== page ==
Lullaby is an Amazon #1 Bestseller! YAY!
Click here to find it on Amazon!
Silent Night is NOW AVAILABLE!
Click here to buy it on Amazon!
I'm a little excited. Can you tell?

Wednesday, July 18, 2012

Dear John,   Dear John:   Dear John;   Dear John?

Recently I was having a conversation with a friend of mine (who happens to be a published author) about grammar and how, even as a writer, it can be a bit daunting.  Most writers are not editors as well.  We WRITE.  We don’t really think about where the semi colon should go or when it’s appropriate to use an emdash instead of an ellipsis.  In truth, starting out, most of us don’t even know what an emdash is!!!

Friends Don’t Let Friends Perfuncturate Punctuation

(I know you’ll look it up if I don’t tell you.... Per*func"tu*rate\, v. t. To perform in a perfunctory manner; to do negligently.)’s the catch, I do edit for this friend of mine.  Each week he writes a newsletter to send out to his readers, I edit it before I let him send it (because friends don't let friends abuse grammar).  Since I began editing for him, the newsletter has gone out once before I was able to work my magic. It wasn’t pretty.   (It was also redistributed after I got my hands on it.)  I say all of this to get to this point...

I have decided to create an addition to my blog I’m going to call GRAMMAR 101.  The first subcategory will be PUNCTUATION 101.  I think we will start with the :::drumroll:::

Emdash ( – )

The emdash is a versatile little bugger.  All the functions of the comma, semicolon, AND colon! 

It can be used to create pauses, join two independent or dependent clauses, or introduce a list.  

It's a less formal version of the aforementioned marks which are typically preferable in more formal writing – luckily for us, we aren’t that formal around here and the emdash is right at home.

In narrative writing, I think of it as more vivid and more invisible than those marks all at the same time.

While it is long enough to create a pause, there generally aren’t any spaces around it, and therefore your text will have a more continual flow.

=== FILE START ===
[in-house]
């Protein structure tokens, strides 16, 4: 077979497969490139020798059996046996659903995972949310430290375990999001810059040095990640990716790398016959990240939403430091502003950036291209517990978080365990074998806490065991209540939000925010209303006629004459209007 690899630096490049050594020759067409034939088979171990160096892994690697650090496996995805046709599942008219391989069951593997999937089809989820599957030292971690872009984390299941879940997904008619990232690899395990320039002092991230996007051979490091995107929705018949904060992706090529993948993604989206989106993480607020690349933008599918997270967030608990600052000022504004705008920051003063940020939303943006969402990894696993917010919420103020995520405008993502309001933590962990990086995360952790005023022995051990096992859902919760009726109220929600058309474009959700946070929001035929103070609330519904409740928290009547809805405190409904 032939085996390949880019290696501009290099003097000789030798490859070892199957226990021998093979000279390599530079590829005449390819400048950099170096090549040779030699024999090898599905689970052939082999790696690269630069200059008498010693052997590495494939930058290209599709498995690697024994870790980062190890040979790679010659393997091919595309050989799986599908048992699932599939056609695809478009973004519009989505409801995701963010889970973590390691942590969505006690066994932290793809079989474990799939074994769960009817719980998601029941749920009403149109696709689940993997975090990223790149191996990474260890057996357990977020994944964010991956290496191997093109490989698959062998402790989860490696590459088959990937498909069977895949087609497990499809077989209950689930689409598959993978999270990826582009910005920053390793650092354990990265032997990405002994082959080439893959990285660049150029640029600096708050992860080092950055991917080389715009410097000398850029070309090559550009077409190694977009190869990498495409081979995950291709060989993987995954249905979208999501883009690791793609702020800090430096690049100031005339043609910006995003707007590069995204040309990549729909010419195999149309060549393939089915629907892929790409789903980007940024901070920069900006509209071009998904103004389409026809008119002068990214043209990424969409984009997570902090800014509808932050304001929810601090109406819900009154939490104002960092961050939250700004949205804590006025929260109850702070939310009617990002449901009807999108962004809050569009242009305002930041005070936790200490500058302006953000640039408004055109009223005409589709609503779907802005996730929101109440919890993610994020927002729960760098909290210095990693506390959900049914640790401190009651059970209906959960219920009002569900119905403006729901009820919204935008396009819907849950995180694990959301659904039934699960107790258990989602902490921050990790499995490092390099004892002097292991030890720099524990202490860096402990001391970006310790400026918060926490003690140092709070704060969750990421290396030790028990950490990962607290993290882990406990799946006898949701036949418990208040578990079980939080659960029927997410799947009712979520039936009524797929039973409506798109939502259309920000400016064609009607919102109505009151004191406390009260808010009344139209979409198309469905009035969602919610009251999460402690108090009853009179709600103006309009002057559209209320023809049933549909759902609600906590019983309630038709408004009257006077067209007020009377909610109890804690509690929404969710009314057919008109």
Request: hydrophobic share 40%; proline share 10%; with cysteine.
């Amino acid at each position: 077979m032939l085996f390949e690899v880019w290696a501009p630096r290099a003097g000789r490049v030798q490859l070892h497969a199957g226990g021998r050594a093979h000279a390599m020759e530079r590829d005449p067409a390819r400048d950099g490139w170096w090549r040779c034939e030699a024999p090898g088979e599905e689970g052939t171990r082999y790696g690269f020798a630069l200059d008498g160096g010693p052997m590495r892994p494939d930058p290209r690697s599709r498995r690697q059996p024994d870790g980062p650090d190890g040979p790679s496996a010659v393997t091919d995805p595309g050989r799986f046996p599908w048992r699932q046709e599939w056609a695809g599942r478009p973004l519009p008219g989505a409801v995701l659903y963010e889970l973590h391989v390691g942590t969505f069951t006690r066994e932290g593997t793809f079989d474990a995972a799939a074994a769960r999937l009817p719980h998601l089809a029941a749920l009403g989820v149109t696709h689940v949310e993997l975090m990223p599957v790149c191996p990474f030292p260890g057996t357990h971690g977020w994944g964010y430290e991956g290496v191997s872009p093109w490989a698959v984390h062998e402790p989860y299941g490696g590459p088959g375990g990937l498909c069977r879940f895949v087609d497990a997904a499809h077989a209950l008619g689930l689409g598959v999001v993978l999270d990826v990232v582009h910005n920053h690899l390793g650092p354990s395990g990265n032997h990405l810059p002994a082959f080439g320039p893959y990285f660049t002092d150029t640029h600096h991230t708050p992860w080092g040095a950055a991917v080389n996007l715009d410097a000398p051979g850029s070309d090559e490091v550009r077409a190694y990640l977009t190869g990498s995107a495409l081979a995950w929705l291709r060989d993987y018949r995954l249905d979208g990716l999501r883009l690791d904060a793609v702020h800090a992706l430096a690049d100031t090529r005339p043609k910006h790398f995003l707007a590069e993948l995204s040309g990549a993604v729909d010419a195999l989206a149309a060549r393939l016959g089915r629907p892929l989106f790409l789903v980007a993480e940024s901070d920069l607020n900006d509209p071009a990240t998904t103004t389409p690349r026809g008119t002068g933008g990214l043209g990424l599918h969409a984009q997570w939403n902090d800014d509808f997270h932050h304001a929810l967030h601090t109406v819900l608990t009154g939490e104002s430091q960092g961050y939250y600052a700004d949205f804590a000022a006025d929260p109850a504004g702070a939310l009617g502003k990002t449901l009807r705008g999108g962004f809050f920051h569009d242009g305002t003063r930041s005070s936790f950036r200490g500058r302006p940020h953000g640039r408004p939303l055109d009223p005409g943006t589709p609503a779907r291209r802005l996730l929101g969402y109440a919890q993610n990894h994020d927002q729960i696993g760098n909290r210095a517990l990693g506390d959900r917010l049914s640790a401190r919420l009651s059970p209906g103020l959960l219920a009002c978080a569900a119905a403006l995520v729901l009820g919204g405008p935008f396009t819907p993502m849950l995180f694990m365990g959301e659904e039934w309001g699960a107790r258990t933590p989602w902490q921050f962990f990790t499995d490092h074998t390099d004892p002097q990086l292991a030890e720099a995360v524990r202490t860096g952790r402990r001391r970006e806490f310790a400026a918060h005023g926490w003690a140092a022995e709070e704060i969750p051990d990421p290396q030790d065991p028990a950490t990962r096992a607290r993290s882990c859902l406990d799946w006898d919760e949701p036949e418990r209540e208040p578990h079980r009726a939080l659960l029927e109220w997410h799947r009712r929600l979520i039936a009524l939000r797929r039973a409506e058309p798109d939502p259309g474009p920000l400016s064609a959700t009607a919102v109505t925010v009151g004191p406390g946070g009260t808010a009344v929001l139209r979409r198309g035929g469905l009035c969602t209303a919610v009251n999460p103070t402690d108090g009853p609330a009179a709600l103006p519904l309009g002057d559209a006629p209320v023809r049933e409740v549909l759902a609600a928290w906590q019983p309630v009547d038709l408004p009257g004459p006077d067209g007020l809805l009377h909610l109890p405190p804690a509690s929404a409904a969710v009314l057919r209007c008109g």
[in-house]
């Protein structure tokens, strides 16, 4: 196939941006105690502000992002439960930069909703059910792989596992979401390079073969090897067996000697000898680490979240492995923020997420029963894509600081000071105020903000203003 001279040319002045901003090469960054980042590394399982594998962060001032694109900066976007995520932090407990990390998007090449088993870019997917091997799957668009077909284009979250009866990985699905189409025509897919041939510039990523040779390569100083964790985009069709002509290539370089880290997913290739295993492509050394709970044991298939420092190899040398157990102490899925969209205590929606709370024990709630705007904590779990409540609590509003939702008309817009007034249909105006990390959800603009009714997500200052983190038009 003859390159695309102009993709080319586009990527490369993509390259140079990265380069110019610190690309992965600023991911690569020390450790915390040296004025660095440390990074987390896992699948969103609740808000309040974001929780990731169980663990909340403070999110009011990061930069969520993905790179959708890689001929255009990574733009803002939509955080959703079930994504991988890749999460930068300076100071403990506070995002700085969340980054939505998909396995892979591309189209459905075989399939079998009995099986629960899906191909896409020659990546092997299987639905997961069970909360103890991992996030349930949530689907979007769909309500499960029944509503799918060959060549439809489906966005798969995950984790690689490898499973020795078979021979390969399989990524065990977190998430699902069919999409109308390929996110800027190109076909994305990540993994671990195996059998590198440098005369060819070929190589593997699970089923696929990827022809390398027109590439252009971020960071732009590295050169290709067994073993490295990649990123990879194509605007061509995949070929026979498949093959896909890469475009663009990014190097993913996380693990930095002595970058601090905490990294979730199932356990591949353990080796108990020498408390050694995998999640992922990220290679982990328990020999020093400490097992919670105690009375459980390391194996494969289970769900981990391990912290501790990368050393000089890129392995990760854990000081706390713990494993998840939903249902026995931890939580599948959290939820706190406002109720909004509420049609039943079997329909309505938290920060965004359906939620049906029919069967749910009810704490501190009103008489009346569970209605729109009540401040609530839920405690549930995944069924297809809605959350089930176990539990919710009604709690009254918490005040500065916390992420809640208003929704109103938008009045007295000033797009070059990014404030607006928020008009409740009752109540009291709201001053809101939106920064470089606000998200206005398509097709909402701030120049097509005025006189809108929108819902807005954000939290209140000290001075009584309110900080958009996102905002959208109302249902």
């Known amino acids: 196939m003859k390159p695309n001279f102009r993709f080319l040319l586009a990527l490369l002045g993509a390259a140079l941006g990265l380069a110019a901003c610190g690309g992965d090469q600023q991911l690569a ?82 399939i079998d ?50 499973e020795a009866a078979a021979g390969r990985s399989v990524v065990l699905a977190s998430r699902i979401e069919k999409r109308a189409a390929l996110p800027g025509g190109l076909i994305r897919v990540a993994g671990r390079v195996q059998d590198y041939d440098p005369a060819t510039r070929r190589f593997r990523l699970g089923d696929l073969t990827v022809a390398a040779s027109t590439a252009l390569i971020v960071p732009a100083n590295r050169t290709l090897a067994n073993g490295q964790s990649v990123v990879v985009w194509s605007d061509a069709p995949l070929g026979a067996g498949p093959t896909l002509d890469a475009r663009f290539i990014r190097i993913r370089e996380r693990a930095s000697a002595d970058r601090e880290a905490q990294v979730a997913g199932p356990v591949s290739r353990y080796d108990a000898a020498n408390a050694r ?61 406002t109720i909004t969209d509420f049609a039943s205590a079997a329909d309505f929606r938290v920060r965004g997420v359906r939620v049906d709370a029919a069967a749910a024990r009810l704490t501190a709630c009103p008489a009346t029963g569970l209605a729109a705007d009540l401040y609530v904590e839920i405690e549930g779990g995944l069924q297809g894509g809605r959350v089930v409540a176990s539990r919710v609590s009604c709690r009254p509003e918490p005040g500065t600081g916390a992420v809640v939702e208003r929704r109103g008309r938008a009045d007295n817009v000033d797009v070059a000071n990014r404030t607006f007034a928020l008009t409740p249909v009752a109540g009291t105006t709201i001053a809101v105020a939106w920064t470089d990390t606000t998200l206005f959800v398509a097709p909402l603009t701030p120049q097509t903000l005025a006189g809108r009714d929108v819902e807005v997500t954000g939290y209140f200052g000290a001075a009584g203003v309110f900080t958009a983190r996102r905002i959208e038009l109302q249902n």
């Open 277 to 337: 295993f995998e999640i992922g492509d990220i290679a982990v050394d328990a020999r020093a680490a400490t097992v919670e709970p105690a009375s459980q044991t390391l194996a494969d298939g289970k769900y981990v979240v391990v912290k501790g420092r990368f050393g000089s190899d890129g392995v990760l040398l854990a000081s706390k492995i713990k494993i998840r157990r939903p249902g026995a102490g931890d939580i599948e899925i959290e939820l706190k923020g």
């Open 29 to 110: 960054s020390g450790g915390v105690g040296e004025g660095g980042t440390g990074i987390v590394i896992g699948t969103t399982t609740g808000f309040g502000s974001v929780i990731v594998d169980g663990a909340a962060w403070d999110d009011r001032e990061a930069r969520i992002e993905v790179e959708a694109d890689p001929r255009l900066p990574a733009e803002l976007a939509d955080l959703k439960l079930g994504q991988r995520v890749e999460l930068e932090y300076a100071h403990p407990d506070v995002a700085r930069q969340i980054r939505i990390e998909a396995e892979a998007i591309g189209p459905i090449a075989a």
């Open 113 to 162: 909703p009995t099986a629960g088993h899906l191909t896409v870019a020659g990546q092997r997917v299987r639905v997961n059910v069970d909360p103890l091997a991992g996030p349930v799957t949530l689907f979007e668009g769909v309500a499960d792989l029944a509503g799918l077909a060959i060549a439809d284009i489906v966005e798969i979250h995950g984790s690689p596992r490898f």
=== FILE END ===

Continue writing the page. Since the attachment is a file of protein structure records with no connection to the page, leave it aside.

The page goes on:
Because of this it can easily be used for scenes where you want a flow unbroken by real stops, especially in stream-of-consciousness writing or action scenes:

(I’ll use characters from my book for examples because – well – I can.)

Aedan reached out for the door—Halle dangling lifelessly from his arms—he stretched with all he had towards the handle—but it was too far.

Compare that to:

Aedan reached out for the door, Halle dangling lifelessly from his arms; he stretched with all he had towards the handle, but it was too far.

Ok, so the second example is most likely more correct from a formal standpoint, but the emdashes cause the reader to slow down which makes it more dramatic.  On the flip side, the first example is probably too dramatic, so I would recommend balancing the scales between the two:

Aedan reached out for the door, Halle dangling lifelessly from his arms.  He stretched with all he had towards the handle—but it was too far.

In this last example the emdash creates a brief pause just at the peak of suspense:  Will Aedan get the door open in time? And then the dash's length drags that moment out until the question is answered for us.  

A semicolon would’ve been wrong there (aka incorrect grammatically), and a comma or colon just wouldn't have had the same feeling of suspense.  Personally I love dashes if for no other reason than the dramatic effect they can create and their flexibility.  It’s not quite an addiction (that would be the ellipsis – which we will get to) but I probably overuse them in spells.  So if you share my tendency to them keep in mind, like all highly dramatic marks, they should be used sparingly or they lose their punch.

If a period is a stop sign, a semicolon a rolling stop sign then the emdash is the yellow light you pause at, then speed through.  

But wait....there’s more... (I’ve always wanted to use that line)

The emdash can also be used to highlight interruptions.  It doesn’t matter if this occurs within a sentence or at the end of it, still works.

The unconscious Hellion—the only somewhat tolerable kind, as far as Halle was concerned—lay motionlessly on the concrete floor.

Matt, I swear, I have no idea what you’re—HEY! What do you think you’re doing?